Before we can bring up the unknown, we should talk about what has been made official or is strongly expected in the upcoming fifth generation small-block V8 engine that will debut next year in both the Corvette C7 and GM’s next line of full-size pickup trucks.
First is that the block is expected to be made from aluminum, while second is that direct injection — what we currently see in engines like the LFX V6 — will also be a sure bet. A “brand new combustion system” is also official for the Gen. V small block, though nobody has any idea what on earth that means, except for the engineering team which have gone mute. The next generation of active fuel management will also make its way into the upcoming engine, as will variable valve timing. Also highly expected, according to LSXTV, is a heightened compression ratio (12.2:1?) and even more advanced and complicated software technology that will govern how the engine operates. It’s also expected that the new small block will have varying displacements, just like the current one with numbers mimicking the current 5.3 and 6.2-liter sizes.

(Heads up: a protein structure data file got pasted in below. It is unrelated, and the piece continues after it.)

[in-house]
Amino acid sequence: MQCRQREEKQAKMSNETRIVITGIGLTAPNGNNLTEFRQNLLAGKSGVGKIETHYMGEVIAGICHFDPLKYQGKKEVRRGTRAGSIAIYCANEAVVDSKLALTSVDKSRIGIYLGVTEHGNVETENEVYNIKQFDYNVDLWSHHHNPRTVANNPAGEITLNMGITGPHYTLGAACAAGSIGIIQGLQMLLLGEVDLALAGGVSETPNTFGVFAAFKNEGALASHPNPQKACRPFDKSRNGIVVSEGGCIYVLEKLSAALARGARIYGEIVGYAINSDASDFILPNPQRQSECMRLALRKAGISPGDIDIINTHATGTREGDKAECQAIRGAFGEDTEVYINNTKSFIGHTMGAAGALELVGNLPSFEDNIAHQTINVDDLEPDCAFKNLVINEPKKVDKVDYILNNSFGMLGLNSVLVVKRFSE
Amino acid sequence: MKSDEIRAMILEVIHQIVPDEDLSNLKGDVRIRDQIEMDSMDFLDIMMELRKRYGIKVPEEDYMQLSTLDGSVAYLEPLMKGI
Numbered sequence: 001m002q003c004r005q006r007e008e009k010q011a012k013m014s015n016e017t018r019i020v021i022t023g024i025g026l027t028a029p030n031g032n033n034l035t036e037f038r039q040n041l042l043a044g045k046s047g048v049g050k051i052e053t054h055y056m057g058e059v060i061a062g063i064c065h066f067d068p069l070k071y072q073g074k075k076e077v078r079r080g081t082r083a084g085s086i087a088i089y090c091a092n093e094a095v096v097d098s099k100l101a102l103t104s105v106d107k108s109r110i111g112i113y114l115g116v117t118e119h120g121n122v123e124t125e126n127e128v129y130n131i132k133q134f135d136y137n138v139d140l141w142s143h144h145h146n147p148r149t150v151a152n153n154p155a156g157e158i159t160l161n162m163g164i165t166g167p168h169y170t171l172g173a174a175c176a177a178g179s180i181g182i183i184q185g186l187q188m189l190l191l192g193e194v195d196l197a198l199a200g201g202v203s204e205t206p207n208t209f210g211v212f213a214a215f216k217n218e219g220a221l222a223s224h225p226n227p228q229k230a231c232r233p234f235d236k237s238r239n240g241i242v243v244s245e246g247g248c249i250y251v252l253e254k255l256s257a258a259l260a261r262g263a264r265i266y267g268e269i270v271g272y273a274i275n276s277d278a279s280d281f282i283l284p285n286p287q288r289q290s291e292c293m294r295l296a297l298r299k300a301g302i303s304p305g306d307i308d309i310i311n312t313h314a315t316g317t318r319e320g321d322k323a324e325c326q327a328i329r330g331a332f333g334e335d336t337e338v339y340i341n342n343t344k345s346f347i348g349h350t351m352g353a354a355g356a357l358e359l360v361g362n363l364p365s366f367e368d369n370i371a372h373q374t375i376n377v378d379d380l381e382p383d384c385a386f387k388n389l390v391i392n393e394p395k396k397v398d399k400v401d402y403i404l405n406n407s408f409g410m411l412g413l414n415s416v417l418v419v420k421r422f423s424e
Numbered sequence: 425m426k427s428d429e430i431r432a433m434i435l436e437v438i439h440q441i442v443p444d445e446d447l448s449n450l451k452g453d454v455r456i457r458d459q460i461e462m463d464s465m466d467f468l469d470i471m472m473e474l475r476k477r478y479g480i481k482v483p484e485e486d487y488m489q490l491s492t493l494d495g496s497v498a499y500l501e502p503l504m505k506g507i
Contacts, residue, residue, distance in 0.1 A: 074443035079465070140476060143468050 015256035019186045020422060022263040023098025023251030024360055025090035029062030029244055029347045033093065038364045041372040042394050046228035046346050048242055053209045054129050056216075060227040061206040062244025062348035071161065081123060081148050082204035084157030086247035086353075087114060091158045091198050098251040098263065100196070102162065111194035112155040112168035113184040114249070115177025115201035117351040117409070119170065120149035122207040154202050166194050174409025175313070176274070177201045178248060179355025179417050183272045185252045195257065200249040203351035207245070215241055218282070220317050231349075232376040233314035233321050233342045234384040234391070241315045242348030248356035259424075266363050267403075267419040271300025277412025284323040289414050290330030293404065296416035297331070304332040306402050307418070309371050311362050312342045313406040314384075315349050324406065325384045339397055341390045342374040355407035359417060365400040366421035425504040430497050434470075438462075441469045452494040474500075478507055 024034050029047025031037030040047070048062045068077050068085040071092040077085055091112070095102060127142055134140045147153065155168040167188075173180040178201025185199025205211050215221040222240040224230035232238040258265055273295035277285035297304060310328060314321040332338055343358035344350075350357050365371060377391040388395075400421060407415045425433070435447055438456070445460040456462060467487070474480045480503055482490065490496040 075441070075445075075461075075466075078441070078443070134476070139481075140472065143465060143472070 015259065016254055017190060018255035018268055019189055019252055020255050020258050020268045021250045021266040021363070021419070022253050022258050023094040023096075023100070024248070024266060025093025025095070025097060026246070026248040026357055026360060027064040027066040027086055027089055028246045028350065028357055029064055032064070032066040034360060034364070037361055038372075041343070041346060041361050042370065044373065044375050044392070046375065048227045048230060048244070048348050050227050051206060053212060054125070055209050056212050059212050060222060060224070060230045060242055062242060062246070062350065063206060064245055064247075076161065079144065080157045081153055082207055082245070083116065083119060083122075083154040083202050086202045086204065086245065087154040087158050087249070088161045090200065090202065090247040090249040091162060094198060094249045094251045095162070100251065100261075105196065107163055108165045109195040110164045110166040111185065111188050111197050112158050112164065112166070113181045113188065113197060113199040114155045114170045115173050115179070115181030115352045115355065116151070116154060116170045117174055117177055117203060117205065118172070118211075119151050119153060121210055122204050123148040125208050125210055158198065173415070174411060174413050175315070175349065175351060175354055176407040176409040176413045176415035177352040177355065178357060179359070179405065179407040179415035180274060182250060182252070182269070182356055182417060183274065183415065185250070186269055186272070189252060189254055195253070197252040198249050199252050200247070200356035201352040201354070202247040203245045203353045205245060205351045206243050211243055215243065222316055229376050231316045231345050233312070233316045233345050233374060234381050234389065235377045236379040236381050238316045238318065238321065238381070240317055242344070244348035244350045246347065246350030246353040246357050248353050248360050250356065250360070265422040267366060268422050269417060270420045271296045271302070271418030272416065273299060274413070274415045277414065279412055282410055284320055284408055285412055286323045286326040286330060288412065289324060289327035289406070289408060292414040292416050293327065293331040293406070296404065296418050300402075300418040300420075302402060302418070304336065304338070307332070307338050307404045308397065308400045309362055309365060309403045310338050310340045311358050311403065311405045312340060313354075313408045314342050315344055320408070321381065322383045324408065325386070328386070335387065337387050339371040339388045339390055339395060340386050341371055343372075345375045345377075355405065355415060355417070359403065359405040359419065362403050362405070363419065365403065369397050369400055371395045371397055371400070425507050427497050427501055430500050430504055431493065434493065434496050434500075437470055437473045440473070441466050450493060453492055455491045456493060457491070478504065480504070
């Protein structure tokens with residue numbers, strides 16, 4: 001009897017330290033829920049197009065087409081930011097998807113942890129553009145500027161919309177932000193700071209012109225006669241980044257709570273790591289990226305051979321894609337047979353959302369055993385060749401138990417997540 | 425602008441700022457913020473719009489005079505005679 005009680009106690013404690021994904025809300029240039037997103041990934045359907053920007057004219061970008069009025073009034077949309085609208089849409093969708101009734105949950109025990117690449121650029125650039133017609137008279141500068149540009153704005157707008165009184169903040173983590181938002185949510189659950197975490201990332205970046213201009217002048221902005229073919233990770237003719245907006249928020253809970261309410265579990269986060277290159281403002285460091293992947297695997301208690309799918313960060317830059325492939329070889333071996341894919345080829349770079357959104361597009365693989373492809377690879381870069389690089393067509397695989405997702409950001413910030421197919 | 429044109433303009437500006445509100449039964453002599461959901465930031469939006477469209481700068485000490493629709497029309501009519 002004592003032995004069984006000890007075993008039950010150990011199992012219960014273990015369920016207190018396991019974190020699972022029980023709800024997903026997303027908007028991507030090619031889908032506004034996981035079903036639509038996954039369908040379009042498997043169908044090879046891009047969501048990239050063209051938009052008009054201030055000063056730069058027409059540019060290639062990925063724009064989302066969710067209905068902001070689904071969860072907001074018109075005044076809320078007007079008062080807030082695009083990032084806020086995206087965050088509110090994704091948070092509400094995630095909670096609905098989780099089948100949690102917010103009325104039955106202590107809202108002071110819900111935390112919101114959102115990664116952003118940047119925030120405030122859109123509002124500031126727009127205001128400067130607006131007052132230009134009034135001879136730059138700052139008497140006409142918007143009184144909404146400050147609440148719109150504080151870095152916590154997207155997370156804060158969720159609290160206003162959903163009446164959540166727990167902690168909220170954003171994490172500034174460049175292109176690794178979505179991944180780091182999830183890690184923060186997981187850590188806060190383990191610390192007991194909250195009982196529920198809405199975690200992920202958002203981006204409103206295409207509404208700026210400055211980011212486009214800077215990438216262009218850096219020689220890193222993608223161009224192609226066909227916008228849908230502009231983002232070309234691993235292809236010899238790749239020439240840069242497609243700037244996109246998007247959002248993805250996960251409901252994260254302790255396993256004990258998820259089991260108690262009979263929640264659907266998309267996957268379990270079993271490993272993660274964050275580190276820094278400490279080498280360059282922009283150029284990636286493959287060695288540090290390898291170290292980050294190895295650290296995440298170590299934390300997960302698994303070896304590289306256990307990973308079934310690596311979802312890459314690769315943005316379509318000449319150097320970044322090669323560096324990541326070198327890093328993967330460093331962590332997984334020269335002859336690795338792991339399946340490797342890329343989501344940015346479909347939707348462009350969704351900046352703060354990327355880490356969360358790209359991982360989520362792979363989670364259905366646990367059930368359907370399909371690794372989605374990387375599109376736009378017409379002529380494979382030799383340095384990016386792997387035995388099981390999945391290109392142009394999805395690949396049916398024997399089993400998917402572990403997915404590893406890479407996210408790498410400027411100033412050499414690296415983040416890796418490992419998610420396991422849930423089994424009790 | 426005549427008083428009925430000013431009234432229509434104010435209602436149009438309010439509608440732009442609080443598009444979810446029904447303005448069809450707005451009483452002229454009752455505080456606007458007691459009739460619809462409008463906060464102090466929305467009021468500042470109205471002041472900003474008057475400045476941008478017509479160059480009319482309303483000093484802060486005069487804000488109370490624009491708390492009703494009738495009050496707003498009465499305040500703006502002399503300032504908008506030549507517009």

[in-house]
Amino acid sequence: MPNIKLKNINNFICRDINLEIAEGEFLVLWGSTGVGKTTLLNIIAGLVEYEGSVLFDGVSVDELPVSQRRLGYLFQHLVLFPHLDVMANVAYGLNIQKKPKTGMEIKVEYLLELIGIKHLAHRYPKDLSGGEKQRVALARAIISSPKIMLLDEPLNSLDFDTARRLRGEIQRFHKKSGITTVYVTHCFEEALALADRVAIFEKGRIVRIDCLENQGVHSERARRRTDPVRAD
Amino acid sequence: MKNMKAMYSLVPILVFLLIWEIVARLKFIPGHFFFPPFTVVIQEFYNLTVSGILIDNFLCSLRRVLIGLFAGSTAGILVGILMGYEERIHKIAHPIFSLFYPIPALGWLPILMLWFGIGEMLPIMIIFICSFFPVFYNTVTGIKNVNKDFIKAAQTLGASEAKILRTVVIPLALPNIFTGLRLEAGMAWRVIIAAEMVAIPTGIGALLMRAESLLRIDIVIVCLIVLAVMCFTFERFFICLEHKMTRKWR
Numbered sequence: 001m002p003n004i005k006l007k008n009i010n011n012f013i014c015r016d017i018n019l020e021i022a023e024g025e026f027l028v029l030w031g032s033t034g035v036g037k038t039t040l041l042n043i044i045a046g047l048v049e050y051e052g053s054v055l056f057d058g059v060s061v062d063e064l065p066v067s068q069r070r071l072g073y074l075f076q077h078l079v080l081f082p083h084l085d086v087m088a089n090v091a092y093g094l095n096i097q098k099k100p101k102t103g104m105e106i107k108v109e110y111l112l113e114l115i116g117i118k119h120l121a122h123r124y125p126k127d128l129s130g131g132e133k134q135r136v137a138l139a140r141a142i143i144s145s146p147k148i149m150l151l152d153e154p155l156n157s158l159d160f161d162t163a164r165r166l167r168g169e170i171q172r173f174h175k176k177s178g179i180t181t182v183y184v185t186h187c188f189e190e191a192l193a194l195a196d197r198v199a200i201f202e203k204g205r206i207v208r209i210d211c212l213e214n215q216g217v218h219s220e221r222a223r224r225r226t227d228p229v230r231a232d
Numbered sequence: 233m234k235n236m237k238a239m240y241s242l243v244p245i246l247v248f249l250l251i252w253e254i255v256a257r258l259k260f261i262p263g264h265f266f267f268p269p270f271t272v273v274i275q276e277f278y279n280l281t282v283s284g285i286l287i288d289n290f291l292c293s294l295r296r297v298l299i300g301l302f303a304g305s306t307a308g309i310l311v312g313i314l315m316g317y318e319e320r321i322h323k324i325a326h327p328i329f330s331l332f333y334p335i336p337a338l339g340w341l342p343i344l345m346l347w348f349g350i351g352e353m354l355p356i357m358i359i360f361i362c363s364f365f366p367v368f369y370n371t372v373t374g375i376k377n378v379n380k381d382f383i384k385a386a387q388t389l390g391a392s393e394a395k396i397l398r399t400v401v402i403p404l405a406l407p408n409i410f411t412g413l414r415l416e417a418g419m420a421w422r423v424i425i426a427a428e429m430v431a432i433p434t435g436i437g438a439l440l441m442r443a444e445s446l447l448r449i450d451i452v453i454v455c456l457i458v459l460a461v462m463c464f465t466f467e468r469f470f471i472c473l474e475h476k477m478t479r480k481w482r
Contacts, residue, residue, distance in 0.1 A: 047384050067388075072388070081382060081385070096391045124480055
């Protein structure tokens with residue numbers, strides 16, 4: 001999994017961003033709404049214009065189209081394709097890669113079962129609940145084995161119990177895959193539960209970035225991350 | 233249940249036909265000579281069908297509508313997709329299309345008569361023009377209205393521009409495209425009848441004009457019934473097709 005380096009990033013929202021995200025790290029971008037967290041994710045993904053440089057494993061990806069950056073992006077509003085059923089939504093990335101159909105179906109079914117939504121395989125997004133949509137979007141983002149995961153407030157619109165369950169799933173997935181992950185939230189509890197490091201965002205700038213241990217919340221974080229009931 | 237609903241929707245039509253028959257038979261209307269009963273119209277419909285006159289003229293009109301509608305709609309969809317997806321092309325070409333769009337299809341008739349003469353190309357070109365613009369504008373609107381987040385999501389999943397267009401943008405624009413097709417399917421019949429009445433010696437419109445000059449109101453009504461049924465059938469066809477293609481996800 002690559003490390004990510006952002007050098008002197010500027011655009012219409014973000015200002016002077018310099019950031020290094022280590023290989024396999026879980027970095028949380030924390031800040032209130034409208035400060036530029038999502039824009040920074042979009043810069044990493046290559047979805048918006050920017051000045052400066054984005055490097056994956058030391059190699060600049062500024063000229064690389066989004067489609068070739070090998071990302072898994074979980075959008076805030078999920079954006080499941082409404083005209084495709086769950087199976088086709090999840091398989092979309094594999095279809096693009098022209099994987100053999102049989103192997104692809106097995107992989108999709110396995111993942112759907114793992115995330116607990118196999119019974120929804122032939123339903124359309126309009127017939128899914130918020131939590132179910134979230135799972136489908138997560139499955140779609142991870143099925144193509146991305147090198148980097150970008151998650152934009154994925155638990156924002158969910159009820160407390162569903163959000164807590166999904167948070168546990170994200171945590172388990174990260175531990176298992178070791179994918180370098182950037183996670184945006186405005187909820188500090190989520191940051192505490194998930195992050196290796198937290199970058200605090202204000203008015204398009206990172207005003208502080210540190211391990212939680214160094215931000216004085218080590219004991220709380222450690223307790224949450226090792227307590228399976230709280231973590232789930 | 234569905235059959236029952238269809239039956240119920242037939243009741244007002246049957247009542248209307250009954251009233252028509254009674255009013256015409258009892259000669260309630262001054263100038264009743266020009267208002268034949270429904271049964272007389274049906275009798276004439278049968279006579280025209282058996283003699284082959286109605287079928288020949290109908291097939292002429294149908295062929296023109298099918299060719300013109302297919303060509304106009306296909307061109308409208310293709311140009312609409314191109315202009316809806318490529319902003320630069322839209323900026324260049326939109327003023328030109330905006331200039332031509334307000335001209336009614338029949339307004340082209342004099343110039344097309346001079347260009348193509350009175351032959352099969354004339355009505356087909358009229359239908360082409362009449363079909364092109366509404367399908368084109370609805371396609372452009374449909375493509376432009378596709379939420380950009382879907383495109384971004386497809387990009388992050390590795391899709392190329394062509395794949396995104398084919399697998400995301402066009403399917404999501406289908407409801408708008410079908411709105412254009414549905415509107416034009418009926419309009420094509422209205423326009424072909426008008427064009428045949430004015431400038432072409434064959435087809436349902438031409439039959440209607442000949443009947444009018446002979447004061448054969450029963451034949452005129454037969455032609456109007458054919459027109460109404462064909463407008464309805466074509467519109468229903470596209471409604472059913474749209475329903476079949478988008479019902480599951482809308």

LSXTV also wagers that there’s a 95-percent chance of a raised camshaft tunnel. The website states that this move has its benefits, such as better packaging of the fuel pump, better flexibility with the valvetrain geometry and also larger-diameter cam core. A 93-percent chance is given for the likelihood of a dry-sump oiling system for the Corvette’s small block variant. As for the truck engines, LSXTV gives them a 90-percent chance for eAssist technology.
The odds begin dropping significantly for other elements of the engine. For instance, a concentric camshaft (cam-in-cam) gets a 50-percent chance of existing in at least one of the variants. Such a configurations allows control of both intake and exhaust valves independently. This might have something to do with a “brand new combustion system”, if it turns out to be true. Even lower is the notion of three valves per cylinder, which LSXTV figures has a less than 20 percent chance of existing in the new small blocks. We hope not. As for an active intake manifold, it comes in at less than 10 percent.
These predictions are bold, but remain grounded in terms of expectations. Will they be right? Tell us in the comment section below what your predictions are for GM’s next generation small block engines.